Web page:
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EXPLAINER: Who are the rebels in northern Mozambique?

ANDREW MELDRUM, Associated Press

Updated: April 2, 2021 12:38 a.m.

In this image taken from militant video released by the Islamic State group on Monday March 29, 2021, purporting to show fighters near the strategic north eastern Mozambique town of Palma, as the militant group claimed it had taken control of the area after five days of conflict. The video from the Islamic State group claims to show fighters in or near Palma, but cannot be independently verified by The Associated Press. (AMAQ Militant video via AP)AMAQ/APShow More

JOHANNESBURG (AP) — With more than a week of fierce fighting including beheaded bodies in the streets, the battle for the northern Mozambique town of Palma has highlighted the southern Africa country’s insurgency and threats to its multibillion-dollar investments.

Here's a look at what is known about the rebel group and the challenges facing Mozambique.

WHO ARE THE REBELS?

They're mostly unemployed young Muslim men from Cabo Delgado, the northernmost province on the country's long Indian Ocean coastline.

For centuries, most people there have been Muslims who traded with Swahili dhow sailors and coexisted with Catholicism brought by Portuguese colonial rulers.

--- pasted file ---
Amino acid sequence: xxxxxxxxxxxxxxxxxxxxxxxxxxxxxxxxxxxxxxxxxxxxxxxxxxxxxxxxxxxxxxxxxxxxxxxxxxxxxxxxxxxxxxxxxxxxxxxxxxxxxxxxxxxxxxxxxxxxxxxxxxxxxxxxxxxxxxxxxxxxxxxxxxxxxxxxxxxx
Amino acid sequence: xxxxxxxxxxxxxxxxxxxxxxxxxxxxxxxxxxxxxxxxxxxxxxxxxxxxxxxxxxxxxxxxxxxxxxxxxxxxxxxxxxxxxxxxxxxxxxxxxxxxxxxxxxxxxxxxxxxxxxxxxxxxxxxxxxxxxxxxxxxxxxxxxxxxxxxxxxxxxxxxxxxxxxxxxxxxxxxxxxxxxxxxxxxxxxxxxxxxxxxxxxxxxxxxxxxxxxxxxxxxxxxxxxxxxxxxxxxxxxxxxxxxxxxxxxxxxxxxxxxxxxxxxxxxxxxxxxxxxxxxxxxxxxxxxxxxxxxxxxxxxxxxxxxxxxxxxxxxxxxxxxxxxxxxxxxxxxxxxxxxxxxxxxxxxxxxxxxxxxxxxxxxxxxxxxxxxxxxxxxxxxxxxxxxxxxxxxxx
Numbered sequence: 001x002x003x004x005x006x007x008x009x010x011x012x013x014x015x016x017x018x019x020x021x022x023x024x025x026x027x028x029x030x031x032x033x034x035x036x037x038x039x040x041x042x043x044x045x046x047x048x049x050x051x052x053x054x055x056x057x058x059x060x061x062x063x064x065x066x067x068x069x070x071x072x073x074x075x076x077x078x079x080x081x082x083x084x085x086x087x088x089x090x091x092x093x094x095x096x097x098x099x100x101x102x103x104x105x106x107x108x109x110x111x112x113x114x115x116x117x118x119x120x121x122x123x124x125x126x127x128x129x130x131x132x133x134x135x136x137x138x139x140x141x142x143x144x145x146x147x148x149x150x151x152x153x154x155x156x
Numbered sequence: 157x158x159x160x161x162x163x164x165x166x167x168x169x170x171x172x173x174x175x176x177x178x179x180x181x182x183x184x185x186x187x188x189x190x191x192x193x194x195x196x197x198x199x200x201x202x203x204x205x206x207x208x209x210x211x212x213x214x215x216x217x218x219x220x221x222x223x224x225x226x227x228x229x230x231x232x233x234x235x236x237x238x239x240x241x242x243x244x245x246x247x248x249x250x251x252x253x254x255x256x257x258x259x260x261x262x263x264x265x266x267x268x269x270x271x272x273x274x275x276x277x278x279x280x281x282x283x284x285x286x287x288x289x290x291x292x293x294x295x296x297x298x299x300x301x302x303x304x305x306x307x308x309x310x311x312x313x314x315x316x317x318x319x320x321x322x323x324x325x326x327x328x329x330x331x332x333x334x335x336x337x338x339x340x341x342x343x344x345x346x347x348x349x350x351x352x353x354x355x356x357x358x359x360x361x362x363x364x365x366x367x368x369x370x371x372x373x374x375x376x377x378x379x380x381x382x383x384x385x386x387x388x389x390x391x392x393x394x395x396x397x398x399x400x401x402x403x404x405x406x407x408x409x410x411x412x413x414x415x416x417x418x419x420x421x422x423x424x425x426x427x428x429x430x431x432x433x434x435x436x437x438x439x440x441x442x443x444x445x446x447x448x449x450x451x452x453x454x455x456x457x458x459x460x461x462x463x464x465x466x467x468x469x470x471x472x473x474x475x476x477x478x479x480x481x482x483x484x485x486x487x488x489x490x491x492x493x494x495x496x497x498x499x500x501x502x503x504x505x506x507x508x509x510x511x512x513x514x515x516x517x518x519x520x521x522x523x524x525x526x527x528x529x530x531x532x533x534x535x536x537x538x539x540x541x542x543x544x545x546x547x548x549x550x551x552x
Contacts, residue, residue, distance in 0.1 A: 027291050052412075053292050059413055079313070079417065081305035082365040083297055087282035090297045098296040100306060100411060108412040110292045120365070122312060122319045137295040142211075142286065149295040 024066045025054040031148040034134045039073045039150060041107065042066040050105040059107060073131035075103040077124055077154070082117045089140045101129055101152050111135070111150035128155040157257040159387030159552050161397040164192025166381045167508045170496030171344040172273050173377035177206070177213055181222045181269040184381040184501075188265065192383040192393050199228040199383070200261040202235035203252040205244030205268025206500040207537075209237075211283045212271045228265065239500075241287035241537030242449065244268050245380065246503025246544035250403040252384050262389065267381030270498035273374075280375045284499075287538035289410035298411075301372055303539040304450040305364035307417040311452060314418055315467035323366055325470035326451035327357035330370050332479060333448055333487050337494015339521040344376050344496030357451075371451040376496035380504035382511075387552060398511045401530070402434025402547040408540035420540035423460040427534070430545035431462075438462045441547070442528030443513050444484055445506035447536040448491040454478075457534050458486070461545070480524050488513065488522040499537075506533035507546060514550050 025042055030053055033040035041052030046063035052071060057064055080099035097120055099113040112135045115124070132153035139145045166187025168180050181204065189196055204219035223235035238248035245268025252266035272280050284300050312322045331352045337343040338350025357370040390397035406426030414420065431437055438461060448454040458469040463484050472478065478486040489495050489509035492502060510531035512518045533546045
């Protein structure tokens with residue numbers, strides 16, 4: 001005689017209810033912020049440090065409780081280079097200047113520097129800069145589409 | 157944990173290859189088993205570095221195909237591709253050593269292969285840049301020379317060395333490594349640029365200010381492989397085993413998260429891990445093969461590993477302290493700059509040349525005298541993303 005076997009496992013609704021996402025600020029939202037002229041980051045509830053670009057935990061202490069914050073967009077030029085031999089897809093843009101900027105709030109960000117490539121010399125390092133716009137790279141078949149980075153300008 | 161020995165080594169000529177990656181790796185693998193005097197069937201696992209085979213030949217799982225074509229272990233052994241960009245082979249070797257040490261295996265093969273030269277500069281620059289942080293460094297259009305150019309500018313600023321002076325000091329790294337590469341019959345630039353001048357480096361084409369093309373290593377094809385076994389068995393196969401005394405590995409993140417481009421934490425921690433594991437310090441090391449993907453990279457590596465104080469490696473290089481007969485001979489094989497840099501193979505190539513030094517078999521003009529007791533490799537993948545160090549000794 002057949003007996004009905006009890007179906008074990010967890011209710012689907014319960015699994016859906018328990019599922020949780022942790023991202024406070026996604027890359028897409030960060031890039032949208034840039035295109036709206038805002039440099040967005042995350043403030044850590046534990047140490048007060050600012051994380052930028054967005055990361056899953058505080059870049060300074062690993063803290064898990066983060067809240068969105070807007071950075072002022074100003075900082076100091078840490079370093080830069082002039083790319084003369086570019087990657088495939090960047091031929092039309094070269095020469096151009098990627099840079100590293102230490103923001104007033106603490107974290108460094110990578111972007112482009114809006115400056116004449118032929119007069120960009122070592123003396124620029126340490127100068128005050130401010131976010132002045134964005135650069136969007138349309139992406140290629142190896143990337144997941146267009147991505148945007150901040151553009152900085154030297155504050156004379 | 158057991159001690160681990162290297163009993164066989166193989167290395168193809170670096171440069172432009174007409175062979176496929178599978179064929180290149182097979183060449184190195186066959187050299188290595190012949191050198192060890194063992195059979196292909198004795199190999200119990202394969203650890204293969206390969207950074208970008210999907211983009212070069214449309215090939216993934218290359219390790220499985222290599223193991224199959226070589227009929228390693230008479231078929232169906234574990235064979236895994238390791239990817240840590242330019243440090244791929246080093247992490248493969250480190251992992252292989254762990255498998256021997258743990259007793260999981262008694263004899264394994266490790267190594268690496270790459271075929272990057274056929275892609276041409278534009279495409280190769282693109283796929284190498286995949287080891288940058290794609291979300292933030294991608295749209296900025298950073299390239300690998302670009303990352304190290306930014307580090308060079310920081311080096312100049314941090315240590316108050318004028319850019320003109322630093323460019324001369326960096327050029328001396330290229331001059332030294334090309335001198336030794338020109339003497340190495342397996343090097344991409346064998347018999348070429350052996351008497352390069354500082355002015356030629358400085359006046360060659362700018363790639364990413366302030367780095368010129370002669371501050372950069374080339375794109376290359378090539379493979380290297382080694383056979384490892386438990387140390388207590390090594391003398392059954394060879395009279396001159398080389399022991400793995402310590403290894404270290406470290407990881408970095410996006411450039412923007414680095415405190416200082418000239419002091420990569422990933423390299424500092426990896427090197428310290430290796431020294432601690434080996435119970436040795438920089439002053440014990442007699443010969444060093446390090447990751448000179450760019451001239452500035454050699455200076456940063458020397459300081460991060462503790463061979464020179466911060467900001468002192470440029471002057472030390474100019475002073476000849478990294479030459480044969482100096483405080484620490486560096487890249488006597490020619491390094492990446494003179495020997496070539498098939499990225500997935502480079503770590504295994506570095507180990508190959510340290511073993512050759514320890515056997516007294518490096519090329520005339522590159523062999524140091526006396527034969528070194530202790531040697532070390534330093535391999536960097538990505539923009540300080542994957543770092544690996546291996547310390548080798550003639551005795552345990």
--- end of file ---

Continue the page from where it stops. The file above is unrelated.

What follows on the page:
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Despite rich natural resources, the province has been one of Mozambique's least developed, with low levels of education, health services, and nutrition.

In recent years some unemployed youths have studied abroad on scholarships from Muslim organizations and locals say many returned preaching a more radical form of Islam. In 2017, violence erupted against government targets by a few small bands, often using machetes to kill police and officials.

The rebels have grown to several hundred, they use motorcycles and are now well-armed with automatic weapons and mortars. Military experts say many weapons come from abroad.

WHAT ARE THEY CALLED?

They are known locally as al-Shabab — Arabic for “youth” — but it seems to be just a handy nickname as they don't have any known affiliation with Somalia's jihadi rebels of the same name.

For a few years, the insurgents didn't appear to be linked to any group, but in 2019, the Islamic State group began claiming responsibility for their attacks, calling them the Islamic State Central African Province.

IS also posts photos and videos of the militants, often standing by the group's black flag. A video posted this week showed them dressed in a mix of camouflage and black shirts and red scarves, and speaking Swahili and some Arabic.